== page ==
Dysarthria is a condition in which a person has difficulty controlling or coordinating the muscles used when speaking or weakness of those muscles. Any of the speech subsystems (respiration, phonation, resonance, prosody, and articulation) can be affected, leading to impairments in intelligibility, audibility, naturalness, and efficiency of vocal communication. Some causes of dysarthria include brain tumor, dementia, stroke, traumatic brain injury (TBI), face or neck trauma, cerebral palsy, multiple sclerosis, muscular dystrophy, myasthenia gravis, and parkinson’s disease. Both children and adults can have dysarthria.

A person with dysarthria may experience any of the following symptoms:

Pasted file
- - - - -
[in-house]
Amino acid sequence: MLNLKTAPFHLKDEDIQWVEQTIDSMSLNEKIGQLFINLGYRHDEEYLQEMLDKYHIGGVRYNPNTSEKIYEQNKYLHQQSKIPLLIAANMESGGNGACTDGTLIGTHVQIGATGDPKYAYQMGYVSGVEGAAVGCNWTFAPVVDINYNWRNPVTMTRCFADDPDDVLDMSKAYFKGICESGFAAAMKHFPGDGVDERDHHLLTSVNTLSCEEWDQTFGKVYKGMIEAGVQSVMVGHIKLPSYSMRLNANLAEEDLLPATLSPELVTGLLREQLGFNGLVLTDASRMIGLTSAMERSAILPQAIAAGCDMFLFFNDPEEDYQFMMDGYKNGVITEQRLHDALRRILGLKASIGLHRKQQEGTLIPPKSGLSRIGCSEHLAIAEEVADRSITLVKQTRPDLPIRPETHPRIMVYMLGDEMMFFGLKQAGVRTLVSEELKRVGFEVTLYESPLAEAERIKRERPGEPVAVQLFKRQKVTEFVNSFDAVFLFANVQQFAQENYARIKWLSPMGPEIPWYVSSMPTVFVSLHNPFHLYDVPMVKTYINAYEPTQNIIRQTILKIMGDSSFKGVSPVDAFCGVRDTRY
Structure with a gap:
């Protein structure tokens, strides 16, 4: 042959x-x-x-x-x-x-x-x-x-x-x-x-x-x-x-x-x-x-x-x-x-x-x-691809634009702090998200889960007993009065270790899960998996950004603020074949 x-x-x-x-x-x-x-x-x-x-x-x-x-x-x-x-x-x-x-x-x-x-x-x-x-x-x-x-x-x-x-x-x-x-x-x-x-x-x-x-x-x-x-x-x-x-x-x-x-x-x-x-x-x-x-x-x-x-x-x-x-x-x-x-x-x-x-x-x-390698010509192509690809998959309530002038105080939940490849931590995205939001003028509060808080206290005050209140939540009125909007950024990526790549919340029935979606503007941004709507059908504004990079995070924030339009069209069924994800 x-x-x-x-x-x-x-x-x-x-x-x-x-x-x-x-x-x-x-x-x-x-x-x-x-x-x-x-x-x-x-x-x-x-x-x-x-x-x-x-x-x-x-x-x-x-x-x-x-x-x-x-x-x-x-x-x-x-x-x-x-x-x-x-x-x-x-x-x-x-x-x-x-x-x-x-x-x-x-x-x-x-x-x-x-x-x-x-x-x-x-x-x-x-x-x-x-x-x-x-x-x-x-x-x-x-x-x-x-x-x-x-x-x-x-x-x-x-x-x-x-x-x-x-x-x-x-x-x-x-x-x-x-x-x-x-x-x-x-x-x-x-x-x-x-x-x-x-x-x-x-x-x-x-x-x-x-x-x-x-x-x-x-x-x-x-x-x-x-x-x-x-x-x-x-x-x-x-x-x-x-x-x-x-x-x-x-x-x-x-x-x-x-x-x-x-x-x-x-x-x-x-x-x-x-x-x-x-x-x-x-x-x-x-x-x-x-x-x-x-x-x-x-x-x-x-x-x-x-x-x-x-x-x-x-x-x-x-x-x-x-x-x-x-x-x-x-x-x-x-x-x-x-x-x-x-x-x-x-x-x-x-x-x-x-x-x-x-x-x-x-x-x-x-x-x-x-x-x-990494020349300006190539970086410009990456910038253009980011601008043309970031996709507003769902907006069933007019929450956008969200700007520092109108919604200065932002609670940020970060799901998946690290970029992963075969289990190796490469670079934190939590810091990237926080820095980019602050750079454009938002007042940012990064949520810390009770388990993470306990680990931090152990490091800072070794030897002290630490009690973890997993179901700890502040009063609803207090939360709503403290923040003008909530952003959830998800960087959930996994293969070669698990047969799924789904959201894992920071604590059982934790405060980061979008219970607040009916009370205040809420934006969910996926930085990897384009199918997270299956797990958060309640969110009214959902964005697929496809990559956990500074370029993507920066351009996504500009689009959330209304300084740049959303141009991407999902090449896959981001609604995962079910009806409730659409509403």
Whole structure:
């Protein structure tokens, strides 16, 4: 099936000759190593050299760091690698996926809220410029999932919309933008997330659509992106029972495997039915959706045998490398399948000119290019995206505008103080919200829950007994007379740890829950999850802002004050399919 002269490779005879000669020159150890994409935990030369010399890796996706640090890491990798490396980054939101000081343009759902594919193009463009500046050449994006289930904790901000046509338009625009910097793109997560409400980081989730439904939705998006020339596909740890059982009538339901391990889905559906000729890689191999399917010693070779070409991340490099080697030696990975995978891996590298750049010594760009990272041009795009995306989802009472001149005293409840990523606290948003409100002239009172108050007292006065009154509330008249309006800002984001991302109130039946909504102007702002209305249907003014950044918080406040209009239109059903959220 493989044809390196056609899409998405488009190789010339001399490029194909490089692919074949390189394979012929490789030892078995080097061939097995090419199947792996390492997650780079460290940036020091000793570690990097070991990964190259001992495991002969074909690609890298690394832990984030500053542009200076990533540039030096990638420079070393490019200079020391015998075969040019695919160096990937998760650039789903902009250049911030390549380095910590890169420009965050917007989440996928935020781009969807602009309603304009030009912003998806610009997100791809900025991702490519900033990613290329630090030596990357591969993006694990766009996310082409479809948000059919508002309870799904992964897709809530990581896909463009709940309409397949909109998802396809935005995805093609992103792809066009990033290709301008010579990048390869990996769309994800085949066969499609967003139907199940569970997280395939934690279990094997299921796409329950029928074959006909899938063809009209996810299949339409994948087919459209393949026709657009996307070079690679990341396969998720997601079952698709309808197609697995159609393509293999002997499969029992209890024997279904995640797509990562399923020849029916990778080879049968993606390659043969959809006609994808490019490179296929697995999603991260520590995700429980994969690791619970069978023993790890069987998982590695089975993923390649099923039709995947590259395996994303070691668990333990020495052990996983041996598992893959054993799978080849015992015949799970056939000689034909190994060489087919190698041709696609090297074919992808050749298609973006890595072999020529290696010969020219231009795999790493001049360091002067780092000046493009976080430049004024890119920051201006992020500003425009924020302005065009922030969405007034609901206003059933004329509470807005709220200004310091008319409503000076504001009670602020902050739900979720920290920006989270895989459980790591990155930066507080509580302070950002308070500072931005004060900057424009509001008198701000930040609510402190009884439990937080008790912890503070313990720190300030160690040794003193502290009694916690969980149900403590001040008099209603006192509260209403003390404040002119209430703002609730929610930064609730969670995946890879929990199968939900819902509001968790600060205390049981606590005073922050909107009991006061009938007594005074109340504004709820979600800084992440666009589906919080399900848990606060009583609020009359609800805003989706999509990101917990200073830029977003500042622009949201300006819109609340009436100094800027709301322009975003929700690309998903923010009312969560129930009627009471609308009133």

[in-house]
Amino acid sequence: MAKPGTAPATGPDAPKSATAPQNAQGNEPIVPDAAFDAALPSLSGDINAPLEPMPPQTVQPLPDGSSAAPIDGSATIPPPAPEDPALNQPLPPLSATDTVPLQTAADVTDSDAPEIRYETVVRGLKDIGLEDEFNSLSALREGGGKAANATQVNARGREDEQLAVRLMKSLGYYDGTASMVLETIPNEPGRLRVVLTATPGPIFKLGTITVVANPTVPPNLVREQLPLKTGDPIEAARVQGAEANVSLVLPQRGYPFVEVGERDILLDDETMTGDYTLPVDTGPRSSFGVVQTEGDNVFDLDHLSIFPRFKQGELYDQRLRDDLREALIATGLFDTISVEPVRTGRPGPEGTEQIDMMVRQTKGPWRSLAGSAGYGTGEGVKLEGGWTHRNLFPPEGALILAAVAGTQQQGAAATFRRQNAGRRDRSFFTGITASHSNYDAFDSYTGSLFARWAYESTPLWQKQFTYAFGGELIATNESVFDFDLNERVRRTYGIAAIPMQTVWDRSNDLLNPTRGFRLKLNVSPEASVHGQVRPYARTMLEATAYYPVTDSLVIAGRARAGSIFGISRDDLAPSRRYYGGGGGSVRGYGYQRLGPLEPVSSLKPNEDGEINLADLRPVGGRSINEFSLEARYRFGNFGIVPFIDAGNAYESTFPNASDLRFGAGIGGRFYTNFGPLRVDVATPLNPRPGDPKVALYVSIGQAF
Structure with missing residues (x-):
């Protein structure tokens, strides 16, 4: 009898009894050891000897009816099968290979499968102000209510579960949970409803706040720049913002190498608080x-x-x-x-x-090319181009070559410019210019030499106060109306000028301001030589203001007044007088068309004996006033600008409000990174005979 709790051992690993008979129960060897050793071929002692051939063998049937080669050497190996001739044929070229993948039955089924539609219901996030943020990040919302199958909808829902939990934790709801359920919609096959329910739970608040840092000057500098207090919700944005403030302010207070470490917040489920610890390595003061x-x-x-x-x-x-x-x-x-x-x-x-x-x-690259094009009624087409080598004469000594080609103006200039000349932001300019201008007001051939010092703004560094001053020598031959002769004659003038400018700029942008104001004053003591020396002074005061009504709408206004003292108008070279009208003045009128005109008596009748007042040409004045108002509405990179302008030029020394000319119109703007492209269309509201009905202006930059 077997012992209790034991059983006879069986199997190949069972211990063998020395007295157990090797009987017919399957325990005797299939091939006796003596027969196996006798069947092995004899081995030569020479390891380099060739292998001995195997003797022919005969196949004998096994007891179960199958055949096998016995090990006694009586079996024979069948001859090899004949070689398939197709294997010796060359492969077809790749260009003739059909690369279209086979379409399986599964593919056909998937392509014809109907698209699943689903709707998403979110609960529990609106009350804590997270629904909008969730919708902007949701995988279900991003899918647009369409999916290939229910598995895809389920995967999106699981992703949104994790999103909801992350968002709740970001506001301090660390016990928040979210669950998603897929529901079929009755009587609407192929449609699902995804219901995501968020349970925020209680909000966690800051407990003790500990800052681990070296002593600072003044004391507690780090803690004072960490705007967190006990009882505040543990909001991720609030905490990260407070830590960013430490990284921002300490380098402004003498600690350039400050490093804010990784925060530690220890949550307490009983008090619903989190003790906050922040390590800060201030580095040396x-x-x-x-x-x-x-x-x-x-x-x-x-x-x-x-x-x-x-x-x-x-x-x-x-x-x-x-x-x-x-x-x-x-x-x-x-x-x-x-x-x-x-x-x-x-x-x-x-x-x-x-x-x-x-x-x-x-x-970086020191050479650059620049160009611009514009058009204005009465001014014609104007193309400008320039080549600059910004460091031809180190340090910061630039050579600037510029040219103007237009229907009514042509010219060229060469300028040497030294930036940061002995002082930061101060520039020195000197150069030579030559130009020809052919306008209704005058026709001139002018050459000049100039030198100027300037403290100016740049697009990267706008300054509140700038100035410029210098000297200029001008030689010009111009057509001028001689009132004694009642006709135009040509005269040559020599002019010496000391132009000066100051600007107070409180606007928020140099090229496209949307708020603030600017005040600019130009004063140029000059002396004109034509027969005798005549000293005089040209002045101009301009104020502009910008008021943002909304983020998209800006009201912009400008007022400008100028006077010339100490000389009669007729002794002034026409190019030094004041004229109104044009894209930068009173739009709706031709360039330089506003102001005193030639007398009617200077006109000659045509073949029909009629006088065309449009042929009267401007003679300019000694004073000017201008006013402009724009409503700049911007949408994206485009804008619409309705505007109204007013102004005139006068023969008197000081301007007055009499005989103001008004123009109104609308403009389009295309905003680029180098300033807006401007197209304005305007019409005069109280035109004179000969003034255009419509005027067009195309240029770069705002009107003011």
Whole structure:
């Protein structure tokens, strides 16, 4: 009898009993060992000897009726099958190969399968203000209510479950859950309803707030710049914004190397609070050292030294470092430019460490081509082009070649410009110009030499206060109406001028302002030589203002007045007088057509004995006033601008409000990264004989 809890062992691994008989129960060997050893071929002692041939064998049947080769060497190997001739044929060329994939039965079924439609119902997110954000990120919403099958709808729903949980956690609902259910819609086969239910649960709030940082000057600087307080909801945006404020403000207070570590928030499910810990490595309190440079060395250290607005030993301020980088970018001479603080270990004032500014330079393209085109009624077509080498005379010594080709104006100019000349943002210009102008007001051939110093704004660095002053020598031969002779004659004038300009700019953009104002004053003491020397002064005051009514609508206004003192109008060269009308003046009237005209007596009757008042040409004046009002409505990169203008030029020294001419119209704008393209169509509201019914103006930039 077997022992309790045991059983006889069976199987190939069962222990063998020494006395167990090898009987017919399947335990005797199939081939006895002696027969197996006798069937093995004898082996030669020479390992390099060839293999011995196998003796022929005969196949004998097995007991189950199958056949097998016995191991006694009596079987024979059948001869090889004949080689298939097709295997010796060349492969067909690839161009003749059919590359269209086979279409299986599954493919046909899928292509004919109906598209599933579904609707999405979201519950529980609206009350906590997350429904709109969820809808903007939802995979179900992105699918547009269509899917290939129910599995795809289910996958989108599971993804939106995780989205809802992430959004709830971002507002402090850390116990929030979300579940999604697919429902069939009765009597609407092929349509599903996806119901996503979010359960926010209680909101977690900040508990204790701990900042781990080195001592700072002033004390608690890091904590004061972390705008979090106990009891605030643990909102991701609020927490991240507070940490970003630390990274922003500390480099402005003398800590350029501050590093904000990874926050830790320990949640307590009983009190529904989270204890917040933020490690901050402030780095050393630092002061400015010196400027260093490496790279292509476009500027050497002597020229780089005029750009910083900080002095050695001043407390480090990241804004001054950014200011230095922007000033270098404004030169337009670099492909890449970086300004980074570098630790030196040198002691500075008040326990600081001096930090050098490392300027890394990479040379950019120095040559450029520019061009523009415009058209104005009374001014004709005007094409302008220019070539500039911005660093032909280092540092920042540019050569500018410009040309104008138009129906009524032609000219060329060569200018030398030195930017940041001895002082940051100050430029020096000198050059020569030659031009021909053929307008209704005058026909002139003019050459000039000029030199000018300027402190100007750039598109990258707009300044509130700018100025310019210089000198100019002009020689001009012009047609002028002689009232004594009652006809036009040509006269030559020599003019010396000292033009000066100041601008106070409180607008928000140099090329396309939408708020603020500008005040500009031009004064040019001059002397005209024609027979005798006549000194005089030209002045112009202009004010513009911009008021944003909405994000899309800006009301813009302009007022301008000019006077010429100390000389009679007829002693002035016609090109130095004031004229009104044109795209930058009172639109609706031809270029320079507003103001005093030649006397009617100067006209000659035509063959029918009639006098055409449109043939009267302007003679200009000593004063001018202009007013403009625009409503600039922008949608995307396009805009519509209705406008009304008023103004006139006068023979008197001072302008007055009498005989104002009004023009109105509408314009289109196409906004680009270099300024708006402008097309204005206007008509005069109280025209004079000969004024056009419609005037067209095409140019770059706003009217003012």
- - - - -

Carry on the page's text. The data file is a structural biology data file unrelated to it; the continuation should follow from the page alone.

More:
• “Slurred” speech
  • Speaking softly or barely able to whisper
  • Slow rate of speech
  • Rapid rate of speech with a “mumbling” quality (difficult to¬†understand)
  • Difficulty moving tongue or facial muscles
  • Abnormal intonation (rhythm) when speaking
  • Changes in vocal quality (nasal, raspy, or strained voice quality)
  • Hoarseness
  • Chewing and swallowing difficulty
  • Uneven volume of speech
  • Monotone speech
  • Drooling
  • Breathiness